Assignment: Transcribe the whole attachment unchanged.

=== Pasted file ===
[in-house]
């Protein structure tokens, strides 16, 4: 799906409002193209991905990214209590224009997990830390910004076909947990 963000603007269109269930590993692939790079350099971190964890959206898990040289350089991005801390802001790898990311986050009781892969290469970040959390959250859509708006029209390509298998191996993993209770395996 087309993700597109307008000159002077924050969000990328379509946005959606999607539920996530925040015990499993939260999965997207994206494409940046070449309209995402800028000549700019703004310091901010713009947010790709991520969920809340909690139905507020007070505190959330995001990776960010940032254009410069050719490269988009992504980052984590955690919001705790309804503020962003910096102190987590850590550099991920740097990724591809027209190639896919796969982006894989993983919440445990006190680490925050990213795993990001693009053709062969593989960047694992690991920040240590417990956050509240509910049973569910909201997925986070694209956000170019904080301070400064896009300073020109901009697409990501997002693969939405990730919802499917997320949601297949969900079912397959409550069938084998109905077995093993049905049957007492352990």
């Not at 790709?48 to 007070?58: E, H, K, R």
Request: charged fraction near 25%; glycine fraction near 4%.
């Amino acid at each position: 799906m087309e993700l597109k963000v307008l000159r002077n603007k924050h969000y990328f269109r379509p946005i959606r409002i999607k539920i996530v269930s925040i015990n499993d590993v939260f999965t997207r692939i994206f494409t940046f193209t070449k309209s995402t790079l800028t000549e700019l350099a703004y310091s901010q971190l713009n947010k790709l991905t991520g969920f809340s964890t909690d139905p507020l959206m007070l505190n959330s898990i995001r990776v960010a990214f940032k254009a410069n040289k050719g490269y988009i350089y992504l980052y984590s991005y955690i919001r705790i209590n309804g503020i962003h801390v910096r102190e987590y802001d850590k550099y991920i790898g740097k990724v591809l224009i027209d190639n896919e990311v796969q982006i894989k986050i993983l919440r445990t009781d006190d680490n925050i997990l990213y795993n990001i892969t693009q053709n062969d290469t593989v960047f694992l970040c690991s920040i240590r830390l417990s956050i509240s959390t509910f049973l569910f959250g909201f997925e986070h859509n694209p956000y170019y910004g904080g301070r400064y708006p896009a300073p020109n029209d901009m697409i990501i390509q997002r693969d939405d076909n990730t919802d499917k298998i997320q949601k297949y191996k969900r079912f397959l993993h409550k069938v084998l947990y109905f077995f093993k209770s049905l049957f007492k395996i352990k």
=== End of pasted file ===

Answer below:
[in-house]
């Protein structure tokens, strides 16, 4: 799906409002193209991905990214209590224009997990830390910004076909947990 963000603007269109269930590993692939790079350099971190964890959206898990040289350089991005801390802001790898990311986050009781892969290469970040959390959250859509708006029209390509298998191996993993209770395996 087309993700597109307008000159002077924050969000990328379509946005959606999607539920996530925040015990499993939260999965997207994206494409940046070449309209995402800028000549700019703004310091901010713009947010790709991520969920809340909690139905507020007070505190959330995001990776960010940032254009410069050719490269988009992504980052984590955690919001705790309804503020962003910096102190987590850590550099991920740097990724591809027209190639896919796969982006894989993983919440445990006190680490925050990213795993990001693009053709062969593989960047694992690991920040240590417990956050509240509910049973569910909201997925986070694209956000170019904080301070400064896009300073020109901009697409990501997002693969939405990730919802499917997320949601297949969900079912397959409550069938084998109905077995093993049905049957007492352990």
């Not at 790709?48 to 007070?58: E, H, K, R």
Request: charged fraction near 25%; glycine fraction near 4%.
């Amino acid at each position: 799906m087309e993700l597109k963000v307008l000159r002077n603007k924050h969000y990328f269109r379509p946005i959606r409002i999607k539920i996530v269930s925040i015990n499993d590993v939260f999965t997207r692939i994206f494409t940046f193209t070449k309209s995402t790079l800028t000549e700019l350099a703004y310091s901010q971190l713009n947010k790709l991905t991520g969920f809340s964890t909690d139905p507020l959206m007070l505190n959330s898990i995001r990776v960010a990214f940032k254009a410069n040289k050719g490269y988009i350089y992504l980052y984590s991005y955690i919001r705790i209590n309804g503020i962003h801390v910096r102190e987590y802001d850590k550099y991920i790898g740097k990724v591809l224009i027209d190639n896919e990311v796969q982006i894989k986050i993983l919440r445990t009781d006190d680490n925050i997990l990213y795993n990001i892969t693009q053709n062969d290469t593989v960047f694992l970040c690991s920040i240590r830390l417990s956050i509240s959390t509910f049973l569910f959250g909201f997925e986070h859509n694209p956000y170019y910004g904080g301070r400064y708006p896009a300073p020109n029209d901009m697409i990501i390509q997002r693969d939405d076909n990730t919802d499917k298998i997320q949601k297949y191996k969900r079912f397959l993993h409550k069938v084998l947990y109905f077995f093993k209770s049905l049957f007492k395996i352990k």